Waterwheel has small, clamshell-type traps to capture prey. Photo by Shaun Winterton, Aquarium and Pond Plants of the World, Edition 3, USDA APHIS PPQ, Bugwood.org
SCIENTIFIC NAME:Aldrovanda vesiculosa
ORIGIN:Africa, Australia and Eurasia
DESCRIPTION:Waterwheel is an herbaceous carnivorous, aquatic plant that captures small, aquatic invertebrates using clamshell-type traps, similar to the venus flytrap. It floats just below the water's surface and has stems 2-8 inches long, with whorls of 5-9 leaves. Waterwheel rarely flowers, but when it does, the small, greenish-white flowers emerge from the water, while the fruit capsules are held underwater.
HABITAT:Waterwheel invades human made, and disturbed, wetland habitats, and pools of acidic and tannic water. In optimal conditions, it can double its mass in 13 days and grow one new whorl of carnivorous leaves per day.
THREAT:Each plant has up to 200 traps and 80% may contain prey at any given time. This predation interrupts food webs and harms invertebrate populations. The prolific growth of waterwheel clogs water systems, damaging infrastructure and interrupting recreational activities.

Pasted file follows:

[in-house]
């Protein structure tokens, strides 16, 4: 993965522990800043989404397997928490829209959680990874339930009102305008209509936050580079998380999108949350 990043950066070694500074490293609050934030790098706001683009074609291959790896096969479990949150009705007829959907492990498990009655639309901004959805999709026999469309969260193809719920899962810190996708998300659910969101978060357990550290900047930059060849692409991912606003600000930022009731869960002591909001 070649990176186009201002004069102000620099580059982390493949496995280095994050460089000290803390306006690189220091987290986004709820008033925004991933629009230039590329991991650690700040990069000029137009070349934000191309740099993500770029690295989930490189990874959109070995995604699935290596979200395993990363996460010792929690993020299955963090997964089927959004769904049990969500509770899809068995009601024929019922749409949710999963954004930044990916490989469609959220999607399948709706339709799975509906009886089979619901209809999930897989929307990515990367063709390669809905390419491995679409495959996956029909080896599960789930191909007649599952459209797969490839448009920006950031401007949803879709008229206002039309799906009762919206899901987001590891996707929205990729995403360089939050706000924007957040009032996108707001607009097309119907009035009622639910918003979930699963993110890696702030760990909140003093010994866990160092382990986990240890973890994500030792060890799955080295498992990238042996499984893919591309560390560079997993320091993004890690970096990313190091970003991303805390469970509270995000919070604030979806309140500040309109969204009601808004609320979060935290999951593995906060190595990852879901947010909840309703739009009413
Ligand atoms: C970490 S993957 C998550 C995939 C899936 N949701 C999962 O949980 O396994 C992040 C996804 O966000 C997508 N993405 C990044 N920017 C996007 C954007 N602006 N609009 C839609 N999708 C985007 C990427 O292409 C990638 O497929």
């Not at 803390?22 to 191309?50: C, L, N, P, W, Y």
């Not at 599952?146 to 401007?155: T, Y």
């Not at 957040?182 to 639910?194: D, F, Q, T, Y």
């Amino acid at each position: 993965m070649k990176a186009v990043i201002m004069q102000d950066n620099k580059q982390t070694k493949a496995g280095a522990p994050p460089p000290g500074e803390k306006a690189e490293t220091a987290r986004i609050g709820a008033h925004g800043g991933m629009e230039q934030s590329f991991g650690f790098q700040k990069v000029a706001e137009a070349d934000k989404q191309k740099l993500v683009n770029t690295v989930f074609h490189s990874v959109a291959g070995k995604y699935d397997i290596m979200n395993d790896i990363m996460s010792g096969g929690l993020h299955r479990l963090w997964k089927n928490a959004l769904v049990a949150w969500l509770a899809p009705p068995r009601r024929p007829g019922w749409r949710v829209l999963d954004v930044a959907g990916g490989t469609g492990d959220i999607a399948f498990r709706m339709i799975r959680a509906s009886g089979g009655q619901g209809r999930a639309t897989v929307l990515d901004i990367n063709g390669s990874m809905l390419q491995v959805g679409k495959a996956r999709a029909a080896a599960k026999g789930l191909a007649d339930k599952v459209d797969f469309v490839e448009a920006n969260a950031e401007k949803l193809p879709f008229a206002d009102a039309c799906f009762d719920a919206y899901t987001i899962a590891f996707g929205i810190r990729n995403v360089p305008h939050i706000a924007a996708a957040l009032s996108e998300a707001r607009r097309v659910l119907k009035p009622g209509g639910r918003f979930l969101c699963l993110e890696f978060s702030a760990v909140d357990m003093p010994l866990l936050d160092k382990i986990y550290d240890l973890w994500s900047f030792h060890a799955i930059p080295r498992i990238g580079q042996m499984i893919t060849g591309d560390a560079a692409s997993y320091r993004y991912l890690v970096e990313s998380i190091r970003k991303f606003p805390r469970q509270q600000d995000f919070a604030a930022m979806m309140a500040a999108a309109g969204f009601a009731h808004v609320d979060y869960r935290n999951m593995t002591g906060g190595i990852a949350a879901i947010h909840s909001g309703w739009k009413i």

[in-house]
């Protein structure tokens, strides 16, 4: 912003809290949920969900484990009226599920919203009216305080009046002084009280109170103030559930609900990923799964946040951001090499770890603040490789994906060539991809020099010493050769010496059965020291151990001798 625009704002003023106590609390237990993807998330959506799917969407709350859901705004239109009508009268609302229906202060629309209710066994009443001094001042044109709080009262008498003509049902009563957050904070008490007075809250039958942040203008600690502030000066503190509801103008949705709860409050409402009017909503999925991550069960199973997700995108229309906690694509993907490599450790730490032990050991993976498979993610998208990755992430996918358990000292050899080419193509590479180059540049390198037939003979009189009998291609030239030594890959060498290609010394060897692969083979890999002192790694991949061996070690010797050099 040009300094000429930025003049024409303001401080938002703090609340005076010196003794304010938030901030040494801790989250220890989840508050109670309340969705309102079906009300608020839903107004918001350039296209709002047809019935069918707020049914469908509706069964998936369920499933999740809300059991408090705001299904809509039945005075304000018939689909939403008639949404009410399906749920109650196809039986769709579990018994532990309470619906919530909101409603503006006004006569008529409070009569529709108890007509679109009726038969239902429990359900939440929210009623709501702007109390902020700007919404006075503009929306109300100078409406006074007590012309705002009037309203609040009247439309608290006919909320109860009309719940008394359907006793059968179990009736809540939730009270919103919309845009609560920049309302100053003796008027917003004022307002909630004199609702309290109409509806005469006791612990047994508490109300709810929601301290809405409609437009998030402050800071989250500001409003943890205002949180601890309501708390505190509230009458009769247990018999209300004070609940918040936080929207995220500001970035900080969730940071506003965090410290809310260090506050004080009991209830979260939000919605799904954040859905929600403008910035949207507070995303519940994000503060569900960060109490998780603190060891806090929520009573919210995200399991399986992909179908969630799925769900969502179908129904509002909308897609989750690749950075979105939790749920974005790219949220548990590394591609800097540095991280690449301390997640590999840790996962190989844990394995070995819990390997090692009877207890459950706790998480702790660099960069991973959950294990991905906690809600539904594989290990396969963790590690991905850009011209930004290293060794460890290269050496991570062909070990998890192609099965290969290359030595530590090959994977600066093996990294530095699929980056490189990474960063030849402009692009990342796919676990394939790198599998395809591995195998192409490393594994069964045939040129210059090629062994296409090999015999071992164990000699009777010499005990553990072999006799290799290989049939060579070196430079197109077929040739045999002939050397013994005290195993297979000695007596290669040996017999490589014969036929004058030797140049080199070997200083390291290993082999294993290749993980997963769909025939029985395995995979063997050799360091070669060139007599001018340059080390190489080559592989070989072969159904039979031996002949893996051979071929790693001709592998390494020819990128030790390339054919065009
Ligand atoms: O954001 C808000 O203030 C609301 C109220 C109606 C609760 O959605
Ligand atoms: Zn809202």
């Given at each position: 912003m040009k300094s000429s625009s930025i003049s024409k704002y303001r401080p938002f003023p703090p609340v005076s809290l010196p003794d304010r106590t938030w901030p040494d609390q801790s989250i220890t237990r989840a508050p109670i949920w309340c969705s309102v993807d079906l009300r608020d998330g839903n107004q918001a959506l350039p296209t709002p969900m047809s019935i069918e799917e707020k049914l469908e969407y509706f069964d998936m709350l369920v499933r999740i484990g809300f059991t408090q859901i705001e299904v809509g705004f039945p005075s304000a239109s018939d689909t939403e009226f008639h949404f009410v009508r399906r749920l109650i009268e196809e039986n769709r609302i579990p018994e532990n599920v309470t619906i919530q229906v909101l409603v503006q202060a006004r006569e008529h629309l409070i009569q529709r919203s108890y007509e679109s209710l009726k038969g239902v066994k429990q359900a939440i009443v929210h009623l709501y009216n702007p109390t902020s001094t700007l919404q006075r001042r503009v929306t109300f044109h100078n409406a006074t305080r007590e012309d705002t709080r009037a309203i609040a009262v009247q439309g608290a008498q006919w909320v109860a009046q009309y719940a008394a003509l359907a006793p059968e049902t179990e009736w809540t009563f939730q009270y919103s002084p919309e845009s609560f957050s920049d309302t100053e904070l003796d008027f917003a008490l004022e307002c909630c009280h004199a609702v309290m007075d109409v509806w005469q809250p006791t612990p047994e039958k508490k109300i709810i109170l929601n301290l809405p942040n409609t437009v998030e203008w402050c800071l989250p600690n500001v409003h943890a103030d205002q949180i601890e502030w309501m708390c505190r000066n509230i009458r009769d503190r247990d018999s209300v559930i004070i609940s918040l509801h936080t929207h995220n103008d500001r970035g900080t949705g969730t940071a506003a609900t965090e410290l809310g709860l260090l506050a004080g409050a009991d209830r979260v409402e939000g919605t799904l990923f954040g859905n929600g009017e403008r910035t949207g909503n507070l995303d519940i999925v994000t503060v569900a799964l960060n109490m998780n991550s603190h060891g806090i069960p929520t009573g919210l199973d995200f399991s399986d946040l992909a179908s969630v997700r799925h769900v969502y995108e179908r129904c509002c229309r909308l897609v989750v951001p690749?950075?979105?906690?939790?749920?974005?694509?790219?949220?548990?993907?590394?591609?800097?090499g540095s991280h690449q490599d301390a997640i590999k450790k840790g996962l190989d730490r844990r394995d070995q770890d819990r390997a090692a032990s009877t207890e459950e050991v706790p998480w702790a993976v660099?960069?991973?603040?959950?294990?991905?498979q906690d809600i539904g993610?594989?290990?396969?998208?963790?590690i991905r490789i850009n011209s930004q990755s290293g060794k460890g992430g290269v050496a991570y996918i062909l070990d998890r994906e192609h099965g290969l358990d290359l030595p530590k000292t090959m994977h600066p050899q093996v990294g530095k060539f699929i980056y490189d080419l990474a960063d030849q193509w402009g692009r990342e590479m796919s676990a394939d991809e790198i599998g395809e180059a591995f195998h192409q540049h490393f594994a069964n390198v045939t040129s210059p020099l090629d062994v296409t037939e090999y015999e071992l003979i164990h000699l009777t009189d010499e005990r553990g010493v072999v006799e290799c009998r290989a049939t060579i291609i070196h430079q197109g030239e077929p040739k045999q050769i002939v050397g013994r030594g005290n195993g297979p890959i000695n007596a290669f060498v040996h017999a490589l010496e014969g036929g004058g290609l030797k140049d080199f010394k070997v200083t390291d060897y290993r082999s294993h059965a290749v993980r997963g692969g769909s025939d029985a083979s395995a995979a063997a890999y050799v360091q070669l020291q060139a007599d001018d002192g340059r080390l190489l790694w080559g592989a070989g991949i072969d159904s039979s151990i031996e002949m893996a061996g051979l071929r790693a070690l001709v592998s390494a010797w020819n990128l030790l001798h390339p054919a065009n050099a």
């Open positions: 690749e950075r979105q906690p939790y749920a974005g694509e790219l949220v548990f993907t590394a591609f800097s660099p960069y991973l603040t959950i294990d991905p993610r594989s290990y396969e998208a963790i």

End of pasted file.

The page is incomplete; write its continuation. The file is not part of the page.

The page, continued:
Clean, drain, dry prevention methods are ideally suited to stop the spread of this species. Manual removal efforts have had little impact on waterwheel populations and more research is required to determine the Best Management Practices for this species.
WNY PRISM PRIORITY:
Tier 1 - Raise Awareness
NYS Invasive Species Tiers Chart - Tier Definitions
NYS Prohibited and Regulated Species - Part 575:
PATHWAYS OF INVASION:
This plant was intentionally introduced to North America as a means to save it from extinction in its native range. Waterwheel can spread by seeds, turions, and through the transportation of leaf material. Turions are clusters of modified leaves that overwinter on the bottom of the wetland and can create an entire new plant in the spring.
Within NYS, waterwheel is only found within the Catskill PRISM region.